Police questioning people in parked cars – what are the relevant legal issues?

A common question is whether police can approach a car and detain the occupants for questioning. The question plays out in reality when police subsequently find contraband, such as marijuana, in a motor vehicle. Was the search legal and valid, or can the marijuana be suppressed as evidence obtained in violation of my clients rights?

Two principal legal issues in this scenario are (1) did the police interaction with defendant rise to the level of an investigative detention; and, (2) was there a reasonable and articulable suspicion to justify any such detention. In other words, did this stop rise beyond a field inquiry to an investigative detention. See the New Jersey Appellate Division decision State v. Sirianni, 347 N.J. Super. 382, 387 (App. Div.), certif. denied, 172 N.J. 178 (2002).

The important distinction in police conduct is that a constitutionally permissible field inquiry occurs when an officer questions a citizen in a conversational manner that is not harassing, overbearing, or accusatory in nature. State v. Nishina, 175 N.J. 502, 510 (2003). On the other hand, when the police encounter results in a restriction on the person’s freedom of movement, the encounter rises to an investigatory stop. State v. Elders, 192 N.J. 224, 245 (2007). These issues arise from the Fourth Amendment to the United States Constitution and Article 1, Paragraph 7 of the New Jersey Constitution, which provide for “the right of the people to be secure in their persons…against unreasonable searches and seizures.”

An investigative stop, or detention, can occur even if the police interaction takes place when the citizen is already stationary, such as when a citizen is seated in a parked car. In considering the totality of circumstances involving police interactions with persons in parked cars, courts have specifically considered the manner in which the police approach a vehicle and the subsequent police conduct. See State v. Ellis, No. A-0235-14T2 (App. Div. April 9, 2015). The Ellis Court reviewed Professor LaFave’s summary on police contact with persons seated within a parked vehicle.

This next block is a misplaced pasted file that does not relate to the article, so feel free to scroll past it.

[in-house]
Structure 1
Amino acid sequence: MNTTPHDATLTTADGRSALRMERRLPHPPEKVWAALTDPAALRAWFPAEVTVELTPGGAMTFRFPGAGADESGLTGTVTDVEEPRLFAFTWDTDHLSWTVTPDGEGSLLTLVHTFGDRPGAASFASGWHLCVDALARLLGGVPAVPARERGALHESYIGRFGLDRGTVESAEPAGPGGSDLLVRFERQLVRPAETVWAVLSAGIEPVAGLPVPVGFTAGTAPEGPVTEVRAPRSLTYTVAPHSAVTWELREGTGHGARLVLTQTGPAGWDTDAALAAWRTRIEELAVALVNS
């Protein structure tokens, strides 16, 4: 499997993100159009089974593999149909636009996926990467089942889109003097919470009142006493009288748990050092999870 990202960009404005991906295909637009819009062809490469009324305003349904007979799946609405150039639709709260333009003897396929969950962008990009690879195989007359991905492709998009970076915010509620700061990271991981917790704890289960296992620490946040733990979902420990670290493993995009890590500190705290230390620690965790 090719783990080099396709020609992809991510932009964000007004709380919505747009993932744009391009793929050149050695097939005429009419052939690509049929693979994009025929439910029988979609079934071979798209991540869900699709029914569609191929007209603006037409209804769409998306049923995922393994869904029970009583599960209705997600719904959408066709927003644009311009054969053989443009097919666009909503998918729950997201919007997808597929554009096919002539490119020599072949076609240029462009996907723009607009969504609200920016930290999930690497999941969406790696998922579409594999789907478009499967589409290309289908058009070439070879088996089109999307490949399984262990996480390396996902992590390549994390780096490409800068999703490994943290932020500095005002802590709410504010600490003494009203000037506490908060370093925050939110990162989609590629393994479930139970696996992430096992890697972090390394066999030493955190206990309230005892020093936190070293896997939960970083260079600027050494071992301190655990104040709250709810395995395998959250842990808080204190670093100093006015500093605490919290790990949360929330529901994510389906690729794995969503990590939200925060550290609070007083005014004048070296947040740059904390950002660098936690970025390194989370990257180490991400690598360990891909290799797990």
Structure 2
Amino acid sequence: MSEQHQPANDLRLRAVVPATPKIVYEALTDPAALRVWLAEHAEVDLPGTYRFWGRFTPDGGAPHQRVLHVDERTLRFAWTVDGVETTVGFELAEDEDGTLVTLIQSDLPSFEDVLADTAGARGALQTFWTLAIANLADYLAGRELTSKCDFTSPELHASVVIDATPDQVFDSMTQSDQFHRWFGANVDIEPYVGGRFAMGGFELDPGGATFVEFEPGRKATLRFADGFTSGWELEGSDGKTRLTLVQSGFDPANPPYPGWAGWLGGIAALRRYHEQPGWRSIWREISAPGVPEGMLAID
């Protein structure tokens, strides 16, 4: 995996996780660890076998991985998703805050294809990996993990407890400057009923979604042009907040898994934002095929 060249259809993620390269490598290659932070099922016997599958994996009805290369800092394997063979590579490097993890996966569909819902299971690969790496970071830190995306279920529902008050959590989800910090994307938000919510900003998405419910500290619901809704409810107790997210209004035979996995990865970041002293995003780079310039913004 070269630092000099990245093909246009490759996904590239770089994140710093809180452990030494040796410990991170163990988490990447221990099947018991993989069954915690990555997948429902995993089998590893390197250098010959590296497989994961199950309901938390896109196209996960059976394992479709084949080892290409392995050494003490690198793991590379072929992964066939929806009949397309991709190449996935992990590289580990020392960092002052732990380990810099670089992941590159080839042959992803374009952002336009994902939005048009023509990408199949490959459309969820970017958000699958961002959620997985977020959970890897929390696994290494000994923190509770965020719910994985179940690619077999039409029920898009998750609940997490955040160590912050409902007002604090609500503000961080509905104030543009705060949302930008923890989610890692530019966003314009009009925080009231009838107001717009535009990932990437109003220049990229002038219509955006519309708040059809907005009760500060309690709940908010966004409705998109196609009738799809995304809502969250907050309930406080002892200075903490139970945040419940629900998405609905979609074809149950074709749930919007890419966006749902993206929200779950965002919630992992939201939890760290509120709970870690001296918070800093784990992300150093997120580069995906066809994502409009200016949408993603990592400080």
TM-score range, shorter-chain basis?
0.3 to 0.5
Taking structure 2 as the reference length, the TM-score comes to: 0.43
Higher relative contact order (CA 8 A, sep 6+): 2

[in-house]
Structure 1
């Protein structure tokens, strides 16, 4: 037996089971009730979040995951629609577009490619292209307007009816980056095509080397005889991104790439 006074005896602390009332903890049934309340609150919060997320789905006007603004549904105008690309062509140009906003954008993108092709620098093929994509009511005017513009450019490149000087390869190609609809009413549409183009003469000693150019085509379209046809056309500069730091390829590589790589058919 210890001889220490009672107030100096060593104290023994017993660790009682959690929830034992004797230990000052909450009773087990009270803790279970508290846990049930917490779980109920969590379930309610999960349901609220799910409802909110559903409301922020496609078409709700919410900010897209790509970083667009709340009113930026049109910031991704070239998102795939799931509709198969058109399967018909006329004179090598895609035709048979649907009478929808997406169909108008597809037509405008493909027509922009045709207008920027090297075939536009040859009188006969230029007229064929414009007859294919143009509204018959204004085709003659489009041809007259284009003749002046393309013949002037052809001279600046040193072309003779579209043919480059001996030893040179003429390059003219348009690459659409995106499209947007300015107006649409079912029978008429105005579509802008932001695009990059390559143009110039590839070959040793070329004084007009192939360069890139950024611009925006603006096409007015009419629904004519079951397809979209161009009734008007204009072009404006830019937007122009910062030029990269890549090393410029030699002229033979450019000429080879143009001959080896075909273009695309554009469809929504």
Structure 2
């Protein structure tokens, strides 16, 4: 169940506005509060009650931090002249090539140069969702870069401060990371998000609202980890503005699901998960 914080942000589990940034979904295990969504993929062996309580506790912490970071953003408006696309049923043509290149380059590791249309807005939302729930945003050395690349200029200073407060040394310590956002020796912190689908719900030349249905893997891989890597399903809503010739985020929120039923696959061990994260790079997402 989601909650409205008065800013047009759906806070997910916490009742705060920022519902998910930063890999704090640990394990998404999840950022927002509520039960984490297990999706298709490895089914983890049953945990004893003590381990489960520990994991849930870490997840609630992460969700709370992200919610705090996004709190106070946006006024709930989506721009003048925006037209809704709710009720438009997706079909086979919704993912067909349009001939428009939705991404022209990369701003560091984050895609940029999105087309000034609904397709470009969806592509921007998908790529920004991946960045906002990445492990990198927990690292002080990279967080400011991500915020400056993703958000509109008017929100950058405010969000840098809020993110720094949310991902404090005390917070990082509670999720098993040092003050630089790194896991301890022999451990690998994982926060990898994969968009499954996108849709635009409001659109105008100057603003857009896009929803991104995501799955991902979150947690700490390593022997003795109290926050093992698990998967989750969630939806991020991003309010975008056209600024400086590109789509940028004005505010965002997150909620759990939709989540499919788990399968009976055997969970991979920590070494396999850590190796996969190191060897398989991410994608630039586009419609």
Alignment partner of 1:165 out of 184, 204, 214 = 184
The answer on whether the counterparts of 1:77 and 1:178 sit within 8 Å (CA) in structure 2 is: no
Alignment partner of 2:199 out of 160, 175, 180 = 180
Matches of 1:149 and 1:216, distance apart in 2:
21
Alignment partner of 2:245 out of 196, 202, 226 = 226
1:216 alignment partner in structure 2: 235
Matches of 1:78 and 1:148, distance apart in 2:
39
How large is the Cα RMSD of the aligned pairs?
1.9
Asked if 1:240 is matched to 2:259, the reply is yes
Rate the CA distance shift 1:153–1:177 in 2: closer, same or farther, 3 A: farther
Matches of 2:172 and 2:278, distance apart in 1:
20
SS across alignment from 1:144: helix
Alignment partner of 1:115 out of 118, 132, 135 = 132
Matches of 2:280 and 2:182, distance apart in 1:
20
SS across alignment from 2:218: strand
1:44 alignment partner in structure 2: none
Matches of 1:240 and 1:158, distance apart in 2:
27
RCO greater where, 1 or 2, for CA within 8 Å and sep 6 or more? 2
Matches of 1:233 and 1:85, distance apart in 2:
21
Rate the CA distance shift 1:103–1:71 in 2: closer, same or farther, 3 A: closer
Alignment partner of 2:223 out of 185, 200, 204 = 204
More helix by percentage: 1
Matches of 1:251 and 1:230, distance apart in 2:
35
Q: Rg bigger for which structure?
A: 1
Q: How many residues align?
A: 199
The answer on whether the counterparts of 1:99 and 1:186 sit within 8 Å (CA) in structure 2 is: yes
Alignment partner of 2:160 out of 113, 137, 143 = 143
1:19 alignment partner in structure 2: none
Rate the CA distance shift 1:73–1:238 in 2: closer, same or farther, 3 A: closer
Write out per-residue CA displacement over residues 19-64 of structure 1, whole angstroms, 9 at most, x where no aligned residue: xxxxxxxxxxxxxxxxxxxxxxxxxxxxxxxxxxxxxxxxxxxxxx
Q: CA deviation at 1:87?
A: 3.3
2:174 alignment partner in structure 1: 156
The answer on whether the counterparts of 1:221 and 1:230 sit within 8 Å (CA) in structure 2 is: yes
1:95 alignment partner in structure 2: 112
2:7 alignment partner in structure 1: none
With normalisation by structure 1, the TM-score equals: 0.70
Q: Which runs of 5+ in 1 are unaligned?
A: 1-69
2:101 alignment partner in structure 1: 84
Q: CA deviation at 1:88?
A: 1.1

The mere approach and questioning of a person seated within parked vehicles does not necessarily constitute a seizure. However, the encounter becomes a seizure if the police action is of the type one would not expect in an encounter between two private citizens – boxing the car in, approaching it on all sides by many officers, or use of lights as a show of authority. That type of conduct may convert the event into a Fourth Amendment seizure. See Ellis; Wayne R. LaFave, Search and Seizure, 9.4(a) at 594-99 (5th ed. 2012).

I recently quoted a Police Officer in a case where he wrote in his Police Report “I then exited my vehicle to investigate.” He was on scene, undercover, in an investigatory detail. This was not a chance interaction resulting in a happenstance field inquiry. The Officer’s used their vehicle to block the individual’s car so that he could not move it at all, approached his car on both sides and beamed their flashlights into each of the rear view mirrors such that he was blinded and intimidated by their authoritative presence. In view of all the circumstances, a reasonable person would not feel free to leave – nor could they!

Questions that pre-suppose criminal conduct may also convert an otherwise benign field inquiry into an investigative stop, including the question “what are you doing here.” State v. Costa, 327 N.J. Super. 22, 31 (App. Div. 1999).

Facts matter. Police are allowed to conduct field inquiries and inquire as to general matters. However, if they intend to restrict a person’s ability to move, there must be a warrant or some exception to the requirement that they obtain a warrant from a Judge. Those exceptions usually fit within the legal term probable cause – did the police have probable cause, a well grounded suspicion, to believe that a person has committed or is committing an offense? The concept of what qualifies as probable cause has been the subject of many court decisions. Essentially, there must be more than a mere suspicion, and the Courts look to the totality of the circumstances. If a mushroom cloud of sweet smelling herb emanates from your vehicle as you say, “What’s up Bro” to a Police Officer, my defense might be focused on minimizing your sentence!

If you have a legal question regarding your 4th Amendment rights, or any other legal concern, please call the Law Office of Jay Weinberg.